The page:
Presentation of Christ in the Temple-
According to the Mosaic law, a mother who had given birth to a boy was considered unclean for seven days. She was to remain thirty three days "in the blood of her purification"; for a maid-child the time which excluded the mother from sanctuary was even doubled. When the time (forty or eighty days) was over the mother was to "bring to the temple a lamb for a holocaust and a young pigeon or turtle dove for sin"; if she was not able to offer a lamb, she was to take two turtle doves or two pigeons; the priest prayed for her and so she was cleansed.
Forty days after the birth of Christ Mary went with this precept of the law, she redeemed her first-born from the temple (Numbers 18:15), and was purified by the prayer of Simeon the just.
What I think is sad, is how we have hardly any feast days that we take observance of. In the old Latin rite one would be filled with feast days, and holy days. Now, we have diminished all of those away...
Blessing of the Candles and Procession-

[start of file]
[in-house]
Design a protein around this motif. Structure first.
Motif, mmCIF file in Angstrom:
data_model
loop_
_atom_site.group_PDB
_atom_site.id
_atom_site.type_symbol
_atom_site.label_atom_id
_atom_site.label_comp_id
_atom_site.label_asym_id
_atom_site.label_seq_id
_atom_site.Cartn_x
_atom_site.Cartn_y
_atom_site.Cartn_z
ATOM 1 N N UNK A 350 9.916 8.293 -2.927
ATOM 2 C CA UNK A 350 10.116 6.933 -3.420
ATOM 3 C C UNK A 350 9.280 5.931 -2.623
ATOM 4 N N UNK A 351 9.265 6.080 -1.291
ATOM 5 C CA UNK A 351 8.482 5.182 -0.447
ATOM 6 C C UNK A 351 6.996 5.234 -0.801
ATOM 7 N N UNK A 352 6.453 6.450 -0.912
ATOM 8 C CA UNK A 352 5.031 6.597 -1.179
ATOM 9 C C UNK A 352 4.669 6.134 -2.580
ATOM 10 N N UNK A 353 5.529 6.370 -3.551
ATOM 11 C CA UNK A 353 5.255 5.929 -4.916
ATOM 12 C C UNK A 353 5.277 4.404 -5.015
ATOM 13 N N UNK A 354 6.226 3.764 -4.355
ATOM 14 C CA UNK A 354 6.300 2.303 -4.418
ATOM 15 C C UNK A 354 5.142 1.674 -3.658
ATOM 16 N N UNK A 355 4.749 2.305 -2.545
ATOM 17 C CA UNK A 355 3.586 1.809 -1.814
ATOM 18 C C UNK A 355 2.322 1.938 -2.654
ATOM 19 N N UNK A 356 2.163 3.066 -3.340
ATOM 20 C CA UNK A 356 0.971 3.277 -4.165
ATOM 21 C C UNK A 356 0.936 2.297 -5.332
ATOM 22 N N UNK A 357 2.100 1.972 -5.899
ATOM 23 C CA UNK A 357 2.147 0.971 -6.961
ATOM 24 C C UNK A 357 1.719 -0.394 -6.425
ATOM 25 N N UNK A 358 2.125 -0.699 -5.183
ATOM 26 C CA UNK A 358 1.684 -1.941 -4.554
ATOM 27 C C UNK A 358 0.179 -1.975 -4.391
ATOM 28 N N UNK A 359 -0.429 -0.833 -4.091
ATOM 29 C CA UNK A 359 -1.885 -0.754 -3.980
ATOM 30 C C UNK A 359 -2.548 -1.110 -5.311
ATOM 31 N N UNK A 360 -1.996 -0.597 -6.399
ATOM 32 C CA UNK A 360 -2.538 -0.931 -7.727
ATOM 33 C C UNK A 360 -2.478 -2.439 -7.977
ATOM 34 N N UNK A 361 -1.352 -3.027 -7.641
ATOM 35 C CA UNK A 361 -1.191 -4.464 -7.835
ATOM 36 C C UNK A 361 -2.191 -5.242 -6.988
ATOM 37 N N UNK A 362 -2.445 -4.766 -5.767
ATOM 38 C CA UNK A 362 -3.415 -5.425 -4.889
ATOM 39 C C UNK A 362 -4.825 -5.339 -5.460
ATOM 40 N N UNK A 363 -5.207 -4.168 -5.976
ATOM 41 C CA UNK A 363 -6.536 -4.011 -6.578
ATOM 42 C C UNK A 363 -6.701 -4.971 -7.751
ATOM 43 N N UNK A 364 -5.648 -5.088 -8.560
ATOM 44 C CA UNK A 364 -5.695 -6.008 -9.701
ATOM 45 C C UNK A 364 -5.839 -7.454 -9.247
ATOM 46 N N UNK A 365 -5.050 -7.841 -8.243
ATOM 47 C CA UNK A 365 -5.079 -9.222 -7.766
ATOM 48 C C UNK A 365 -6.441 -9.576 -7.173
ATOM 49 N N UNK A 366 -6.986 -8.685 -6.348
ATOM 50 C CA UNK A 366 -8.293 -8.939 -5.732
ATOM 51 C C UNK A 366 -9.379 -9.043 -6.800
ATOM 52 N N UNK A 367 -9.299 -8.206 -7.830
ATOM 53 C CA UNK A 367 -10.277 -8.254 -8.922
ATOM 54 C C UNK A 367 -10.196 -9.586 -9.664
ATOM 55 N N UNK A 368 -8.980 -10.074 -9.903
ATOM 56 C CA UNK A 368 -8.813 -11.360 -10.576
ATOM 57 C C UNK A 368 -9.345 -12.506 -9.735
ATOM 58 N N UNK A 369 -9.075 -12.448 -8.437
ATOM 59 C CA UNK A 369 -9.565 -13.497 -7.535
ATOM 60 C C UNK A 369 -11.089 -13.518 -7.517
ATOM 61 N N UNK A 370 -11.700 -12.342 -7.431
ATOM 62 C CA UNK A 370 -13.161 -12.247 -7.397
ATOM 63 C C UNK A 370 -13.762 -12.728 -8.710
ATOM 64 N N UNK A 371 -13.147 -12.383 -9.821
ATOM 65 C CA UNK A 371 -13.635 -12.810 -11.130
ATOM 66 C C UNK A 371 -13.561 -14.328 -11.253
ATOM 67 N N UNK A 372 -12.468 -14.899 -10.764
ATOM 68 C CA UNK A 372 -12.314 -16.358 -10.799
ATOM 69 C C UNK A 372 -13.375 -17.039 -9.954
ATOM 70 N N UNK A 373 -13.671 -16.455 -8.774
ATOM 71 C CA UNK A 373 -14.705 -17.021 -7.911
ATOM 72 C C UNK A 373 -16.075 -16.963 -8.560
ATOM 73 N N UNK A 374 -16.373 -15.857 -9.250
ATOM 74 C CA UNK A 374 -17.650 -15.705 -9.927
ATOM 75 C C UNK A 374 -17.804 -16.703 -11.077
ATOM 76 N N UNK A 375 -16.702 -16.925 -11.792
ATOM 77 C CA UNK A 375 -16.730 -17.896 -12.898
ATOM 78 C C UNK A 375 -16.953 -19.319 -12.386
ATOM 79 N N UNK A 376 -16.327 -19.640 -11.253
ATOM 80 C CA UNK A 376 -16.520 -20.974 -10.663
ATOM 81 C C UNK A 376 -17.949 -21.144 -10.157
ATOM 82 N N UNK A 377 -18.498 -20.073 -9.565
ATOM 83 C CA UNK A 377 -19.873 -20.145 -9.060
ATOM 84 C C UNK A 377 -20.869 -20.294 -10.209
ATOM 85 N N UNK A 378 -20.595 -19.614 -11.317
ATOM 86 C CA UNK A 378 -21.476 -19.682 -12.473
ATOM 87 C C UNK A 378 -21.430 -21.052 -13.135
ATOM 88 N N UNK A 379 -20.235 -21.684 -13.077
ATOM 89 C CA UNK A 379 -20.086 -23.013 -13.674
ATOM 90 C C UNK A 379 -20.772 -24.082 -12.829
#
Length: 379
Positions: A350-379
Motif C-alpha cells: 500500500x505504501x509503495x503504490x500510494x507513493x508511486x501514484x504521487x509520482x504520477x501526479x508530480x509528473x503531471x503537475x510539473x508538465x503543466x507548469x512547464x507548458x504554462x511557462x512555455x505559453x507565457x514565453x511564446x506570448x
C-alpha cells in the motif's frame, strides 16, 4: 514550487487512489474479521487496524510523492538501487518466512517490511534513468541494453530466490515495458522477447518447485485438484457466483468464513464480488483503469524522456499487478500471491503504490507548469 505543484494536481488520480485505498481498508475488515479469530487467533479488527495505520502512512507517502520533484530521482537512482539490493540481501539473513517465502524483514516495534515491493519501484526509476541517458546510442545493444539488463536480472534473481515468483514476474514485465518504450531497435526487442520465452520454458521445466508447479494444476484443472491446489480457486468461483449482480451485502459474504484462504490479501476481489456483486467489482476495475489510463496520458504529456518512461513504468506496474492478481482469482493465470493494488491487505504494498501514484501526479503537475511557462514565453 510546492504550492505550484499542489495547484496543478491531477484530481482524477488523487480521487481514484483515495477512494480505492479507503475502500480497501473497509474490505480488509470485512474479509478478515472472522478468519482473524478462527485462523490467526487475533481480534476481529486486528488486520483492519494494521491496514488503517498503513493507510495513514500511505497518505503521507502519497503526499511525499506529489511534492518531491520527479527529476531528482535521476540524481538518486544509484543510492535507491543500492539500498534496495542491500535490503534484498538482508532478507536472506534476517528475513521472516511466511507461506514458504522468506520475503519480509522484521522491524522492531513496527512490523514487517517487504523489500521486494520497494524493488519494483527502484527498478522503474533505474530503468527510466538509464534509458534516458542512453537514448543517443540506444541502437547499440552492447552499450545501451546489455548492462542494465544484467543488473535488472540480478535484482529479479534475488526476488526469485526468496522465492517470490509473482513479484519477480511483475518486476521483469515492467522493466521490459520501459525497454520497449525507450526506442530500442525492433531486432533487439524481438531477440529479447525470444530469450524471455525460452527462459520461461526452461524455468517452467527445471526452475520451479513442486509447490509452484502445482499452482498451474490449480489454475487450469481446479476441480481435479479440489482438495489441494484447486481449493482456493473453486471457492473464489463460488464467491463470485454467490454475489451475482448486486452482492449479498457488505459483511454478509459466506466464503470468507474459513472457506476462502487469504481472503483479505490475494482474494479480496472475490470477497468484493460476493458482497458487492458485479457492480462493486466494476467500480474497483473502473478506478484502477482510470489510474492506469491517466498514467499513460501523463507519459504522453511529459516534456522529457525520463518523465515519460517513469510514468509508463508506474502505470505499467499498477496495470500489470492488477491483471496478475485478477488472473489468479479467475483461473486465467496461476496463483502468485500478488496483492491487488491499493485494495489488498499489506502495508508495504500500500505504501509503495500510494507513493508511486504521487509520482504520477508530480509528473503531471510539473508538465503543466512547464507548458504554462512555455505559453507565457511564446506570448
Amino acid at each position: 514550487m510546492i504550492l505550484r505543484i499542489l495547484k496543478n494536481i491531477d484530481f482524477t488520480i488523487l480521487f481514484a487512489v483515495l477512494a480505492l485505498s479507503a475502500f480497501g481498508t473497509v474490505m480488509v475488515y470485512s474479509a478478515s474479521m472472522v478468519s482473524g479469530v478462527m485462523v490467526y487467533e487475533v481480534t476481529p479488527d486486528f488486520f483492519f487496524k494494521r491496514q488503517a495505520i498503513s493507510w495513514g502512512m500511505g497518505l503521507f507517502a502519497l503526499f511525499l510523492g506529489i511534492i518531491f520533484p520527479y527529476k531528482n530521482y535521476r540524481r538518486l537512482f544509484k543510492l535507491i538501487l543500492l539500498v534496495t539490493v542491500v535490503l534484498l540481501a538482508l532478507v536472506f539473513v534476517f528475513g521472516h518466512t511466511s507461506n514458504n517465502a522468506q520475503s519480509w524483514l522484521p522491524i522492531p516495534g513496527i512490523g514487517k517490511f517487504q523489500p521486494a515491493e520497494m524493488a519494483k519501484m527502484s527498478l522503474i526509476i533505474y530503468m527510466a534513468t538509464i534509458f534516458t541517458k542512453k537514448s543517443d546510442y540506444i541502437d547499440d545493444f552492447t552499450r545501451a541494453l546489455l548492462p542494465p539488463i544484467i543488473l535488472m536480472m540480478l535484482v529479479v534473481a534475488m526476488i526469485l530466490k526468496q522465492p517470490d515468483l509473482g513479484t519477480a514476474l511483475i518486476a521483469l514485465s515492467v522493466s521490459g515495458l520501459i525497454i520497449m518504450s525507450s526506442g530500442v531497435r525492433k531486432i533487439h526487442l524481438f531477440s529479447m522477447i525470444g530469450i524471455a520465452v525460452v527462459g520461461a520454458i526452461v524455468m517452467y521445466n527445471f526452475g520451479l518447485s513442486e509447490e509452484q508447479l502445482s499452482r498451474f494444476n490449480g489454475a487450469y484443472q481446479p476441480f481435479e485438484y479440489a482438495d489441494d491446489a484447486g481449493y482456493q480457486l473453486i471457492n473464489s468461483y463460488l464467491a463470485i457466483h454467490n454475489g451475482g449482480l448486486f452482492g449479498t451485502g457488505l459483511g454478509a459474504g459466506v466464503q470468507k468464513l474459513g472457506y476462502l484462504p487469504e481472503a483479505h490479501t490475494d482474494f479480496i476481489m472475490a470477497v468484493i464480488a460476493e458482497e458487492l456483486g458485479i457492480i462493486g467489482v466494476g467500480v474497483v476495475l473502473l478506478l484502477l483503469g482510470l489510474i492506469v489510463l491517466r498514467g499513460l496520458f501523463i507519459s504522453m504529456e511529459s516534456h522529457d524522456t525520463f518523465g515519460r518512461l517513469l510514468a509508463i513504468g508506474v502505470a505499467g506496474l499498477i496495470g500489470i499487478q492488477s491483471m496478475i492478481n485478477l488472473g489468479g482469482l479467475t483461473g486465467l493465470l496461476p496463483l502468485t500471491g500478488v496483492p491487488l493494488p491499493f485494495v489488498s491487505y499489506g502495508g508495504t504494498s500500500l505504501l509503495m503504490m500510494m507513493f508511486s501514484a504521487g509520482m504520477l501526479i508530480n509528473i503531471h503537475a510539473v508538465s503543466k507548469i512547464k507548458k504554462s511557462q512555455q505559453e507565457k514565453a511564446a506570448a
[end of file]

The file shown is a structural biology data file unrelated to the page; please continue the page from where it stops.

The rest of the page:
According to the Roman Missal, the celebrant after Terce, in stole and cope of purple color, standing at the epistle side of the altar, blesses the candles (which must be of beeswax). Having sung or recited the five orations prescribed, he sprinkles and incenses the candles. Then he distributes them to the clergy and laity, while the choir sings the canticle of Simeon, "Nunc dimittis". The antiphon "Lumen ad revelationem gentium et gloriam plebis tuæ Israel" is repeated after every verse, according to the medieval custom of singing the antiphons. During the procession which now follows, and at which all the partakers carry lighted candles in their hands, the choir sings the antiphon "Adorna thalamum tuum, Sion". The solemn procession represents the entry of Christ, who is the Light of the World, into the Temple of Jerusalem.